Black and White is the color system that most of us photographers began using in our formal photographic training. Why? Probably the most important reason was that color film required an expensive, complex process while the Black/White film processing was relatively straight forward. Beyond that, the use of Black/White film required us to look at the scene with a view of tonality changes and the use of light and shadows to create an impacting image. The emotional effects of these basic colors tend to be at the two extremes of the spectrum of light mixing, so let’s see just how…

PantoneBlack Black… Black represents the absence of light of any of the three primary colors. It exudes authority and power. It is stylish and timeless. It also implies submission, but the wearer may seem aloof or evil. Furthermore, black may be overpowering and is not always considered trustworthy. As a background, it will set off other colors in the foreground.

Emotional terms associated with Black:
power, sexuality, sophistication, formality, elegance, wealth, mystery, fear, evil, unhappiness, depth, style, sadness, remorse, anger, death, serious, heavy, classic, dynamic, expensive

PantoneWhite White… White represents the full, equal presence of all three primary colors. It symbolizes innocence and purity. It also is associated with summer and indicates light. Furthermore, it tends to be neutral and goes with anything. However, pure white can cause glare and produce optical fatigue. Above all, it represents the absence of objects (‘white space’).

Emotional terms associated with White:
reverence, purity, simplicity, cleanliness, peace, humility, precision, innocence, youth, marriage, purity, honesty, pristine, pure, bright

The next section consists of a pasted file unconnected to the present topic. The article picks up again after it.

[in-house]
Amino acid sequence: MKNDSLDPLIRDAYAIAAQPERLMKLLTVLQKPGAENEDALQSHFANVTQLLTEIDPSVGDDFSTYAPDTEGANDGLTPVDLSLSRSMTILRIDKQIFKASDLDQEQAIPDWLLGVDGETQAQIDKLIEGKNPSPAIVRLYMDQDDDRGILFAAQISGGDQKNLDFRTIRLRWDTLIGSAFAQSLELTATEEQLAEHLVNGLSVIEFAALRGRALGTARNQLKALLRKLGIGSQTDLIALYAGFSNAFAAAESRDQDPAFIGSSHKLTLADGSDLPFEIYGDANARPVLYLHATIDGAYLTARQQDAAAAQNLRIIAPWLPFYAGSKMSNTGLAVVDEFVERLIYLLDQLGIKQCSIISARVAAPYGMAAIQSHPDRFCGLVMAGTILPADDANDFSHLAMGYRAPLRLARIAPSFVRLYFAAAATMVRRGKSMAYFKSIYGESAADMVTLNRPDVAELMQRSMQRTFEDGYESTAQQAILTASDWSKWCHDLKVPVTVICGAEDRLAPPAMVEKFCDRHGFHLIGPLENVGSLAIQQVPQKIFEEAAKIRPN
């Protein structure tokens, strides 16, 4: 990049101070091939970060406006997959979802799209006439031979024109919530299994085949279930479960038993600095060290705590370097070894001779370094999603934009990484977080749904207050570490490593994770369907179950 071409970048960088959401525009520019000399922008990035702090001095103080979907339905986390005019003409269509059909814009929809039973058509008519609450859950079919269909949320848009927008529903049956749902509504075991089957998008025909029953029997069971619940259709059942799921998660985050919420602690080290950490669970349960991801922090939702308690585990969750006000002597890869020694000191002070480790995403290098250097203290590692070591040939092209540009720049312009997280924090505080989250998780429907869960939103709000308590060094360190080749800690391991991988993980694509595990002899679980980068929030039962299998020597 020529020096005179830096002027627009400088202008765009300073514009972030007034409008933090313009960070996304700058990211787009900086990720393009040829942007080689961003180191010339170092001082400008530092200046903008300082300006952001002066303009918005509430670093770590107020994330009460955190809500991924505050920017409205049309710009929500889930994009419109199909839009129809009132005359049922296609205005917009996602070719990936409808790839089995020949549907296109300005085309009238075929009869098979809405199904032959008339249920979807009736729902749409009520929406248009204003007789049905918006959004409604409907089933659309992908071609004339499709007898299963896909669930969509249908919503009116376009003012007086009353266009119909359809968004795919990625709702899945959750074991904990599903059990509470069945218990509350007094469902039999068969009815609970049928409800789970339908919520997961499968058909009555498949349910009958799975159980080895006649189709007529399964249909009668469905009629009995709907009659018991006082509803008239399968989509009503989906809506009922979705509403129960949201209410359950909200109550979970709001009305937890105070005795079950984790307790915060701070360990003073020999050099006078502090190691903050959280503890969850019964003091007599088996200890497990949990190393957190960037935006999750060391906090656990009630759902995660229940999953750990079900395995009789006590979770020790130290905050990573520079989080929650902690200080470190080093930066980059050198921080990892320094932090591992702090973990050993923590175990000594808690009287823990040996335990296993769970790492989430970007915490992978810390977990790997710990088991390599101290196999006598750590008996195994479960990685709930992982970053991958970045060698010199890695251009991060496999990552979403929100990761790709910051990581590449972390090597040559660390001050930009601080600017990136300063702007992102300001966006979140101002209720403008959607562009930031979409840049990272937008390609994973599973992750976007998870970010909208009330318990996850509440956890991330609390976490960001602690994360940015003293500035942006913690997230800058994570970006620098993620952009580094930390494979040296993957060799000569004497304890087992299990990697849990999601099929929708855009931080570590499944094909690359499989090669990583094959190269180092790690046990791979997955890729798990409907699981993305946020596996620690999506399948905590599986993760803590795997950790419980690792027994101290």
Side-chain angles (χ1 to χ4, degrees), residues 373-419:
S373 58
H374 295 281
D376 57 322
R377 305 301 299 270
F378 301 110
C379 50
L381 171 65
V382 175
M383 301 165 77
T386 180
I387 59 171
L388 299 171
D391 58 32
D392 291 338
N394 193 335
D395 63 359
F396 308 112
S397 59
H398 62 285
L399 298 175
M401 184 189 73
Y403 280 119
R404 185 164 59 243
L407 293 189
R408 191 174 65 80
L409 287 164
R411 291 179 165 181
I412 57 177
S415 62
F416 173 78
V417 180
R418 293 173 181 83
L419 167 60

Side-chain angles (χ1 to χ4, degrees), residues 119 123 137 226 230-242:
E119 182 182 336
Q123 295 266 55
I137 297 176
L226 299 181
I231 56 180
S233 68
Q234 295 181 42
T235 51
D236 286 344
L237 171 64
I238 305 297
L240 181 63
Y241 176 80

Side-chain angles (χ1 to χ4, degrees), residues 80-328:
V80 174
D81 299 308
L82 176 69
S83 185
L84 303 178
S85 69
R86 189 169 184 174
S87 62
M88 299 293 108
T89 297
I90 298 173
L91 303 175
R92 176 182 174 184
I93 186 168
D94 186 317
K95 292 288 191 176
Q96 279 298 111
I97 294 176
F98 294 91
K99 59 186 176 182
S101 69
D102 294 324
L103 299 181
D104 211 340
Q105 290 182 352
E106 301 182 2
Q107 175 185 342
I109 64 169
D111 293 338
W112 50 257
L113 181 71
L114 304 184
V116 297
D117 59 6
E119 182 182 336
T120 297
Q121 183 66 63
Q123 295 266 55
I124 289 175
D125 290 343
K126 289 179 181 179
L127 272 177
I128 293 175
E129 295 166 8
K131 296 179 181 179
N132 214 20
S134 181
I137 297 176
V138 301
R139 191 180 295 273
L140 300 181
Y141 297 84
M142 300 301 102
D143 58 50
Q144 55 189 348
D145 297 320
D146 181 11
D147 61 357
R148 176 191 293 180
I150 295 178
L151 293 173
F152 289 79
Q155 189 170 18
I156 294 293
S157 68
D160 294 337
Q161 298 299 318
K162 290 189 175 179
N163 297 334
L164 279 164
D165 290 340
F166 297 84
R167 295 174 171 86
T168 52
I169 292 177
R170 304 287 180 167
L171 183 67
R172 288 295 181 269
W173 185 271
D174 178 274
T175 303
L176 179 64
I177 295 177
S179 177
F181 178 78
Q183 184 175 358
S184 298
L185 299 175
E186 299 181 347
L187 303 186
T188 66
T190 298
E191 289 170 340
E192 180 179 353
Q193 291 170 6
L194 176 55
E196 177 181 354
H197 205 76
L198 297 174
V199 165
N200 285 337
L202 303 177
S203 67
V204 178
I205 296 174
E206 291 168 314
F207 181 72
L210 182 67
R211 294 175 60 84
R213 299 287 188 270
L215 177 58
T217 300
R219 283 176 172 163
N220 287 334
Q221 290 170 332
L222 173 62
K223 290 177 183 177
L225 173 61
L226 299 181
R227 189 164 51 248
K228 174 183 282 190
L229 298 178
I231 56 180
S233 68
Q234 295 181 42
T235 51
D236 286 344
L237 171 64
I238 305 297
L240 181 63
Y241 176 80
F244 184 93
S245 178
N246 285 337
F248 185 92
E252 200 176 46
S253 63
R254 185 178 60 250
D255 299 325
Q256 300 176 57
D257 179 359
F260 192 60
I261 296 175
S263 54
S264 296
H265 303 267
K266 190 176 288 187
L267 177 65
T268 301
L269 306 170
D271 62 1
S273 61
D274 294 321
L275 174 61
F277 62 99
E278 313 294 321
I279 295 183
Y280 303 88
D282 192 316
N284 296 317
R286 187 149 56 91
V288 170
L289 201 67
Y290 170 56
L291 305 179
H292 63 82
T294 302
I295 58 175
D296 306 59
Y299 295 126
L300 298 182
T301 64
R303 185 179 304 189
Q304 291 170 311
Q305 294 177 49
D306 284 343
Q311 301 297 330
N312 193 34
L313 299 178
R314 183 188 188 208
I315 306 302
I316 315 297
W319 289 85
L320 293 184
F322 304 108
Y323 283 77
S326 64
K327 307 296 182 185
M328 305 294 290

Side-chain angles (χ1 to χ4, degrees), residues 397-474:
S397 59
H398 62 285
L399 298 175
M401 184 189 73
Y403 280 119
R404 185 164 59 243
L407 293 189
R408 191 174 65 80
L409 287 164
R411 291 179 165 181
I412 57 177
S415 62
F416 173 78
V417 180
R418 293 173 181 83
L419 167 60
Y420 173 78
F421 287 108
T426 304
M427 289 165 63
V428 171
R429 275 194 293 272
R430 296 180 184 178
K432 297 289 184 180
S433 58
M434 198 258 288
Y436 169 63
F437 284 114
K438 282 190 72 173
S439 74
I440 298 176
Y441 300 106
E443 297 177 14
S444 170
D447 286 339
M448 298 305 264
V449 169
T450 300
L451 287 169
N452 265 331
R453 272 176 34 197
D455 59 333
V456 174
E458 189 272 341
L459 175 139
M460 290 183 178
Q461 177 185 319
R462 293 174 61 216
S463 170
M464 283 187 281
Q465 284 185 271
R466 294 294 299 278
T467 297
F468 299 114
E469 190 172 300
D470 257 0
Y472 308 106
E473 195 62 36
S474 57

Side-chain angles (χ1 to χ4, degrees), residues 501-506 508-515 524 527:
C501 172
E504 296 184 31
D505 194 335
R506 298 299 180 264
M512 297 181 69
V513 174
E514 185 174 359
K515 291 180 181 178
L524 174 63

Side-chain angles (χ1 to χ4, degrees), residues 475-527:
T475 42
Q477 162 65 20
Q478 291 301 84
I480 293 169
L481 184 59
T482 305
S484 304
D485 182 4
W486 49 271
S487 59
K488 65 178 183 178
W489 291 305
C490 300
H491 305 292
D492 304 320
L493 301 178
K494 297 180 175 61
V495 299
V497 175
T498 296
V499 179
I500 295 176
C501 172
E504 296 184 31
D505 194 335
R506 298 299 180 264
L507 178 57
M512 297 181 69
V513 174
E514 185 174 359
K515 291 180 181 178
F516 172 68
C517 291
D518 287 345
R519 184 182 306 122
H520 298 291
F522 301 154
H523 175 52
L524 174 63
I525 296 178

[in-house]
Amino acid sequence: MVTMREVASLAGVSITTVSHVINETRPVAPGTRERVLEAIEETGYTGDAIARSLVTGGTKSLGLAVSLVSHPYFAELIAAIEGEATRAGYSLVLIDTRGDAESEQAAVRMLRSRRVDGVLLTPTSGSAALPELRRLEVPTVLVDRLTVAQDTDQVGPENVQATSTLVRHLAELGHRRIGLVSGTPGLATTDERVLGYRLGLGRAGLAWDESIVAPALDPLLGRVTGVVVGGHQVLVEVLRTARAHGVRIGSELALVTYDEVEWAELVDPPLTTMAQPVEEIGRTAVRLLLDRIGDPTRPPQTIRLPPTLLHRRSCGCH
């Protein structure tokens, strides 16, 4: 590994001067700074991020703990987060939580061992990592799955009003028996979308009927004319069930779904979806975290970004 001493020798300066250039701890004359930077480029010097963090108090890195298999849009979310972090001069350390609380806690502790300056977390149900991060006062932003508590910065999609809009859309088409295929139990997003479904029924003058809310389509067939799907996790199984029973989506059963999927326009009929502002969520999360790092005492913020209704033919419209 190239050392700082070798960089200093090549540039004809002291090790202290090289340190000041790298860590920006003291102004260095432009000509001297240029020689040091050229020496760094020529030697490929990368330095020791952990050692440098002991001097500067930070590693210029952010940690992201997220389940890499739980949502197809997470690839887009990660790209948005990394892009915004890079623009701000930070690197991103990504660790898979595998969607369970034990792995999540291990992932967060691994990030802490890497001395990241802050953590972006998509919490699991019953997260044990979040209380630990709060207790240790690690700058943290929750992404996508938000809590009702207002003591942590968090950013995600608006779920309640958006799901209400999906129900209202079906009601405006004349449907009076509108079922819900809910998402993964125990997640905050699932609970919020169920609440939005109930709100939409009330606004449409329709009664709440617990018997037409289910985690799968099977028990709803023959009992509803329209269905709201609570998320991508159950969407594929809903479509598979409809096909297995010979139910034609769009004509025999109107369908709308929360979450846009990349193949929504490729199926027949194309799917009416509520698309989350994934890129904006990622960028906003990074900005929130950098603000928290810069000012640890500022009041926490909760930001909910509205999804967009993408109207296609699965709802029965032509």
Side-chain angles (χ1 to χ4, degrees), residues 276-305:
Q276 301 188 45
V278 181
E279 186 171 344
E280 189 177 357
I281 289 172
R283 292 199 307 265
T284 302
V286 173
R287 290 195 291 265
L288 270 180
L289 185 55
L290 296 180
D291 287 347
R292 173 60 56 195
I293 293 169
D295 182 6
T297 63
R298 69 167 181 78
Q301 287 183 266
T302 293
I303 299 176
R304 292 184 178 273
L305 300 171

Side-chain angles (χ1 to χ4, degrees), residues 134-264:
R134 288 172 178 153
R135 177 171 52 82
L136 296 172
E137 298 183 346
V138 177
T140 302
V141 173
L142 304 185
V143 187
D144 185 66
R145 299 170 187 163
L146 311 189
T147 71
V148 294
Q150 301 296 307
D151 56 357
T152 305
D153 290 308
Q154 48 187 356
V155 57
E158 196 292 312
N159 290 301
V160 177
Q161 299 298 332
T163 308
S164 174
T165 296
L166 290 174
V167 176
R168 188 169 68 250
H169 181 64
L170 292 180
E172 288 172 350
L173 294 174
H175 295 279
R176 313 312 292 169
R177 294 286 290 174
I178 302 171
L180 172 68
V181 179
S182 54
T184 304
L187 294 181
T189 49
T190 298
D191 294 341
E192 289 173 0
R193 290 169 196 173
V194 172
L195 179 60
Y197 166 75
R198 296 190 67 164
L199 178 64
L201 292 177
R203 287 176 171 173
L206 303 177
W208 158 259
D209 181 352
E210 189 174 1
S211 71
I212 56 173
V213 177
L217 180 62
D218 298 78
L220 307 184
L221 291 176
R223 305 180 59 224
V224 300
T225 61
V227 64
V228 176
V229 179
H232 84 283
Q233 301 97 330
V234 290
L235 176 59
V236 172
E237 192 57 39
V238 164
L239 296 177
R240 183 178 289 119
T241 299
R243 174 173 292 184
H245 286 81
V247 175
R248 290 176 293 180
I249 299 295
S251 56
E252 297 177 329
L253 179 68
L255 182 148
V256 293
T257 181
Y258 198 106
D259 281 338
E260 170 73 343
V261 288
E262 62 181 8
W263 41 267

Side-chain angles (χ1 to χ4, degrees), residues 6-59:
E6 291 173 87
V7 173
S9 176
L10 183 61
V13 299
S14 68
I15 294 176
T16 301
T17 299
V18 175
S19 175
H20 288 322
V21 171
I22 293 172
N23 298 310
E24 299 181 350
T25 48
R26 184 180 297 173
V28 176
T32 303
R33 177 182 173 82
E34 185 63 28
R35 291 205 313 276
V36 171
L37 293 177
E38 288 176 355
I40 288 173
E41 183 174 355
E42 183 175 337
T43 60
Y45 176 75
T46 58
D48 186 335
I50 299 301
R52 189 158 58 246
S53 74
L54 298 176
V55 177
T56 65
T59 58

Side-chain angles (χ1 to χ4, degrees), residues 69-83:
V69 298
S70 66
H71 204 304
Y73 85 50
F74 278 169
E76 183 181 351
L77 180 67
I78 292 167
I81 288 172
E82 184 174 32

If we are looking at a grayscale mode, we can also have intermediate values — shades of gray. The emotional concomitants of grey have not been studied as thoroughly as has black or white. Therefore, the most we can say about gray and emotion is that it elicits the feel of business, is cold, and tends to be distinctive.

Basic Light Mixing — The Primary Colors

When looking at the response of the eye to color, there are three basic colors to which the cones respond: red, green and blue. These are also the pigments that color film and our digital sensors respond to when we capture an image. As we examine the effects of these primary colors, we generally conceptualize these colors as existing around a circle — the Color Mix. Here is an example…

additive_color The non-overlapping spots of light correspond to the three primary colors that lay equidistant around a color circle. These are on red, green and blue. This color example represents the ‘additive’ colors that are appropriate to mixing light; a different example is required when we consider ‘subtractive’ color mixing that must be used with pigments.

So, lets start our examine the emotions associated with these primary colors…